What is BEACON?

BEACON is a new approach to observing atmospheric gases over an urban area. Instead of using a small number of extremely sensitive instruments to measure a large area, we blanket interesting locations with a high density network of instruments, with each instrument representing a network “node”. Individually, measurements from these nodes are of moderate quality, but when taken together as a network produce an accurate, highly resolved picture of real-time pollutant concentrations. Each node measures CO2, a major anthropogenic (human-influenced) contributor to climate change, and reports back to this site where the collected data including temperature, pressure, and relative humidity is publicly available for viewing and download. The nodes also collect data on nitrogen dioxide (NO2), ozone (O3), and carbon monoxide (CO) which are indicators for the overall air quality of an area, and may be useful for tracing the origins of CO2 emissions. These data are not yet ready for public viewing, but will be added to the site soon.

 

BEACON is also a novel approach to scientific outreach. A science curriculum for K-12 teachers using the BEACON sensors has been developed by scientists and educators at the Chabot Space and Science Center in Oakland, California. To the extent possible, nodes are being placed on the rooftops of local area schools, so that students may see for themselves the greenhouse gas (GHG) pollution in their area. We also have plans to place nodes on other local science museums, and will be working with staff to facilitate displays of the BEACON data. 

 

To get a feel for the potential variability of CO2 over the California Bay Area, we have simulated the concentrations over the area for a two-week period and compiled them into this movie. You can see high concentrations around the cities, building up during the day (when there are cars on the road) then dispersing overnight.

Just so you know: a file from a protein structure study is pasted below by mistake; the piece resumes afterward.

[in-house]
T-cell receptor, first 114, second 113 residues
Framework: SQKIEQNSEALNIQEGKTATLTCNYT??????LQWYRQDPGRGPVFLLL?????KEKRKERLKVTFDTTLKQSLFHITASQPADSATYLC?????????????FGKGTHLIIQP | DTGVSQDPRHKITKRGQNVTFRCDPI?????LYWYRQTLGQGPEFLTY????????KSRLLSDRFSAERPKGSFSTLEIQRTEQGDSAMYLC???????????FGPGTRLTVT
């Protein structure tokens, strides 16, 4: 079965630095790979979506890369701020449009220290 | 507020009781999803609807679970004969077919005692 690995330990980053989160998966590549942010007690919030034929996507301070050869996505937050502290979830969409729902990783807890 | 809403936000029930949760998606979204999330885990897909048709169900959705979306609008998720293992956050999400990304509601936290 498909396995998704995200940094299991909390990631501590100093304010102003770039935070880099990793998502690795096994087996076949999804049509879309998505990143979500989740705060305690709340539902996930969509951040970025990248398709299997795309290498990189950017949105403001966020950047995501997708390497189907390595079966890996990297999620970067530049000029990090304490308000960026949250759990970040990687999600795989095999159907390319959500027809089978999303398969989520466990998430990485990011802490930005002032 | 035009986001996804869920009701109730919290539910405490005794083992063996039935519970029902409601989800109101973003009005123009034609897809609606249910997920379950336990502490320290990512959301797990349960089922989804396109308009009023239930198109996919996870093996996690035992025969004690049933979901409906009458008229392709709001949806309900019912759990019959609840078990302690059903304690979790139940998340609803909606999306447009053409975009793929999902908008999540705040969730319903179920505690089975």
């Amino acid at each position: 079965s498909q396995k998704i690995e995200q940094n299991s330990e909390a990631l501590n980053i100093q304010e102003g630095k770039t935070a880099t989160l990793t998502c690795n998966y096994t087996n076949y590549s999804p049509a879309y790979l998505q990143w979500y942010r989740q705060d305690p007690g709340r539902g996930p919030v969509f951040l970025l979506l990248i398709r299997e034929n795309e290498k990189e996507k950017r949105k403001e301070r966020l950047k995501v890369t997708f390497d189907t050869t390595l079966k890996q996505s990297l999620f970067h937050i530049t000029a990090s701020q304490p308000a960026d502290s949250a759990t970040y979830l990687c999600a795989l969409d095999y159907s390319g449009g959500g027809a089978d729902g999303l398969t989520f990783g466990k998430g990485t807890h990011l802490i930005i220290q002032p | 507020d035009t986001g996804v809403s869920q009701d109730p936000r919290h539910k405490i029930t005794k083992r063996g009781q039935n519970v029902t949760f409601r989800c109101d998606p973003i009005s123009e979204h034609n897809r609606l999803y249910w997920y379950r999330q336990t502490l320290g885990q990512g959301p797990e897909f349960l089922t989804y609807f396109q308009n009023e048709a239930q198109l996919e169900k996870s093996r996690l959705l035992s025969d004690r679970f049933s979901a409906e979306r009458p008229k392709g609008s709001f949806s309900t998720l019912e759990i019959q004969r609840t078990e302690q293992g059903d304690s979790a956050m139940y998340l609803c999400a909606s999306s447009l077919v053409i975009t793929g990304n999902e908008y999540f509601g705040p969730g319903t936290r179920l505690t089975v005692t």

The BEACON Instrumentation

Each BEACON site hosts a single "node" for the network. These nodes contain sensors for CO2, NO2, O3, and CO, in addition to sensors for temperature, pressure, and relative humidity. Data from these sensors are collected once every five seconds onto a miniature computer which then sends the data to a centralized server. When combined with data from other nodes, it can be used to produce concentration maps, track pollution plumes, and to constrain calculations of emissions, to name a few possibilities. The data are also stored on-board the nodes; in the event of network failure, each node will store its collected data until connectivity is restored.

 

A BEACON node is contained in a stainless steel box, weighs approximately 25 pounds, and is the size of a backpack. In addition to the sensors and computer, each node contains a power converter to prevent surges, intake and exhaust fans to maintain an even airflow and prevent overheating, and a wi-fi adapter or long ethernet cable to send data to the central server. At this time, nodes require wall power (an outlet); later generations may use solar panels or other power sources.

 

 

When deployed, the nodes are placed on rooftops, mounted on poles or railing that raise the instruments several feet above the roof surface. Care is taken to ensure that the nodes are placed where they will sample free flowing air away from air handling units or building exhaust. In areas where theft or vandalism is a concern, the instruments are secured according to the advice of the building managers.